On Wednesday night, the Finance Committee will meet to discuss the future of the Household Assistance and Individual Assistance programs. The programs, which are were funded with federal CARES Act money, aim to help people who are experiencing financial hardship as a result of the COVID-19 pandemic. (Michael Penn / Juneau Empire File)

CBJ Finance Committee to consider expanding relief programs

With nearly $5 million already distributed, more need remains.

On Wednesday night, the City and Borough of Juneau Finance Committee will discuss the Household Assistance and Individual Assistance program’s direction.

CBJ has already distributed nearly $5 million in grants as part of the programs, which were funded with federal CARES Act money last year and aimed to help people who are experiencing financial hardships because of the COVID-19 pandemic.

All housing and most personal assistance grants processed

At their Jan. 25 meeting, the assembly voted to move $700,000 originally slated for COVID-19 testing equipment at Bartlett Regional Hospital to the Individual Assistance Fund.

Assembly member Alicia Hughes-Skandijs suggested the move in a previous finance committee meeting. The assembly will make a final decision about how to allocate the additional funds on Feb. 8.

“I don’t see a way we don’t put more money in individual assistance account. We don’t have the luxury of time. If you are a single parent not used to paying child care because schools are closed, you don’t have the luxury of time. We owe it to the people in this community to treat them with the same care we showed our businesses,” Hughes-Skanijs said at the January Finance Committee meeting.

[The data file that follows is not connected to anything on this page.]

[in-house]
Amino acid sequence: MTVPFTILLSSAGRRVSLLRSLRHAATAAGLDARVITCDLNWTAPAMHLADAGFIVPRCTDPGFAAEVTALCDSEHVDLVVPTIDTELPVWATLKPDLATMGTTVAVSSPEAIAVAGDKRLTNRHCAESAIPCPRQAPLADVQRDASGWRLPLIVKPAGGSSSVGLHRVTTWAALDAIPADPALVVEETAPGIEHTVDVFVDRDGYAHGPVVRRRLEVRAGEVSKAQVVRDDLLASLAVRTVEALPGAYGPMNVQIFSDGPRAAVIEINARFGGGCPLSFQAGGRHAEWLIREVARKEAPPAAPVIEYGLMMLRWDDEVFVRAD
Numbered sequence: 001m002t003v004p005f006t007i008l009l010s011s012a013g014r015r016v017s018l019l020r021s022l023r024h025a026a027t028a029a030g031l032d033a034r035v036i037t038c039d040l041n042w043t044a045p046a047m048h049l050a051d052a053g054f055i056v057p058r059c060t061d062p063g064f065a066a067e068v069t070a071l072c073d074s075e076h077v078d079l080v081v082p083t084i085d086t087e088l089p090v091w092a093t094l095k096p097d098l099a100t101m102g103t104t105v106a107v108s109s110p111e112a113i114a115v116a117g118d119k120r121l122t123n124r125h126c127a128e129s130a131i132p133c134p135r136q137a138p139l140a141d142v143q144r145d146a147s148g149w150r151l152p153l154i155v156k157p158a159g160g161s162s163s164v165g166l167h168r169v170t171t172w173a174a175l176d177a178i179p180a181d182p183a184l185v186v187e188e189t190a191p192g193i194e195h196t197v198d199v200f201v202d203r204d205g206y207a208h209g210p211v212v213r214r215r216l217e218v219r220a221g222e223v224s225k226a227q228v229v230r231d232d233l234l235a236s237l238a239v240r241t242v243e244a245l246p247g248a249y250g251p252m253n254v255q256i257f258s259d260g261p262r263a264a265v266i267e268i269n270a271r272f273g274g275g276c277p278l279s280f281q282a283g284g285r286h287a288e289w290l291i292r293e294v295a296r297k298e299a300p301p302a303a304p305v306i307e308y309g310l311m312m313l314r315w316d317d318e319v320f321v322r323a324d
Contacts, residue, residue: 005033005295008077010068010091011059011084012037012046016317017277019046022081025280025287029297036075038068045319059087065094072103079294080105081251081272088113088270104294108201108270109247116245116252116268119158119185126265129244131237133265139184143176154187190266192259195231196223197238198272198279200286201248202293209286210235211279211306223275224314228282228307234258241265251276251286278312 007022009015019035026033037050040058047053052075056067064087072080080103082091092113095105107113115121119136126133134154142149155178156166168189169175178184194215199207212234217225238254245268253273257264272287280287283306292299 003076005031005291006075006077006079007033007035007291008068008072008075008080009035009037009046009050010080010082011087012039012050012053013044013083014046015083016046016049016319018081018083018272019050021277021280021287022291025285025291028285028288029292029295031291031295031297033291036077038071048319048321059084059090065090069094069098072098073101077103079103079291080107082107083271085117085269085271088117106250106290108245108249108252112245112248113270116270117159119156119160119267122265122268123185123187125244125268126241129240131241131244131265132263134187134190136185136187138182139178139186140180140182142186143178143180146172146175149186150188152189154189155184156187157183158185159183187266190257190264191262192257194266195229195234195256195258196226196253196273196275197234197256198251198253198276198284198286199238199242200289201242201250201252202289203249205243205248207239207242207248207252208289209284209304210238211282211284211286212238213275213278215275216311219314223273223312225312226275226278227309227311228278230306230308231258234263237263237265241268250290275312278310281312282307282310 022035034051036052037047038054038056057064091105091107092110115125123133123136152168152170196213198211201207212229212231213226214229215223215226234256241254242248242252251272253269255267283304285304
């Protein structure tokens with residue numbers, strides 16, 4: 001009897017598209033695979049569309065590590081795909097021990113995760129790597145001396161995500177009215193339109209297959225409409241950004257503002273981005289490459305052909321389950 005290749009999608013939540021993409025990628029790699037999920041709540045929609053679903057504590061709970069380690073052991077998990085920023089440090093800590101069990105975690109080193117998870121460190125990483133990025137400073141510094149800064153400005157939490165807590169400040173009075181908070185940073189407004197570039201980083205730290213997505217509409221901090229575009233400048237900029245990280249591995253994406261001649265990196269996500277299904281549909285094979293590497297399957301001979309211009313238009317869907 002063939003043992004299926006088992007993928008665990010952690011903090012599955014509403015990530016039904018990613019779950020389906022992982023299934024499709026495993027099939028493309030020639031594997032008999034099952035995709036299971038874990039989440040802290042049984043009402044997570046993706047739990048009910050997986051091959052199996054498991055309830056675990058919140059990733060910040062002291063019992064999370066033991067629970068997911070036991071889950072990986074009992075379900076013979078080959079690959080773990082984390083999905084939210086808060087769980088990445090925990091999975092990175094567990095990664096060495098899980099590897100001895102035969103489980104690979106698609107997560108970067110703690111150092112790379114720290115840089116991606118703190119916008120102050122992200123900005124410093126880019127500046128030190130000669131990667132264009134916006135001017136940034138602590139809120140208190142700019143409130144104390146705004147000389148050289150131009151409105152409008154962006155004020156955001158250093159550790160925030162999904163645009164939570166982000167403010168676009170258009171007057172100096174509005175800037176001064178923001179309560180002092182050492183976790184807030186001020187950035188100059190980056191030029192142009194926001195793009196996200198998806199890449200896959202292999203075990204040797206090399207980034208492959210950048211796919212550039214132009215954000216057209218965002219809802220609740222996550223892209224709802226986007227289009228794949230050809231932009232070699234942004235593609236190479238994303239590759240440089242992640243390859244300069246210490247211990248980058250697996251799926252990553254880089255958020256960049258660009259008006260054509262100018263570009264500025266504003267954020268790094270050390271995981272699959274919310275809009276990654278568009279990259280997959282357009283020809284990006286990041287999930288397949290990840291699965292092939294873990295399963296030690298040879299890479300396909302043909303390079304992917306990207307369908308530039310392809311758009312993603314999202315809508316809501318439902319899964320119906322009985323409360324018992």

However, other assembly members preferred to move more cautiously, suggesting a pause to do more research and learn more.

“A pause lets us get a better understanding of need, what the federal money will do and where it will come from. It looks like we have a really strong need at the individual level. I think we should pause but not for long. We need to be a little more methodical than we’ve been here,” said assembly member Michelle Bonnet Hale at the January meeting.

Since the last meeting, assembly members have taken a more in-depth look at the issue.

“What we know is that there is a considerable need and that it is an immediate need for individuals who qualified,” said Assembly member Christine Woll in an email earlier this week.

State will audit CARES Act funding

“We are working on assessing all the CARES funding that has not been yet allocated, or could be re-allocated, which of these might make the most sense to instead allocate to the Individual Assistance program. I’d like to see us add funds to the individual assistance program by reallocating the funds related to expenses most likely to be covered by future federal relief efforts,” Woll added.

Assembly member Carole Triem agreed that more action is needed.

“This is the first time the city has set up public assistance programs. I think we were all surprised by the true need. I wish we had taken it up sooner. We are kind of kicking ourselves,” Triem said in a Jan. 22 phone interview.

During a phone interview on Tuesday, Hale said that she’s been researching the categories of people who most need assistance and will bring ideas to the meeting Wednesday night.

“We want to get some money to the neediest people in Juneau,” Hale said. “Lots of people fall through the cracks. This assembly is very, very concerned about everyone — our businesses, our residents, and our neediest population,” Hale said.

• Contact Dana Zigmund at dana.zigmund@juneauempire.com or 907-308-4891.

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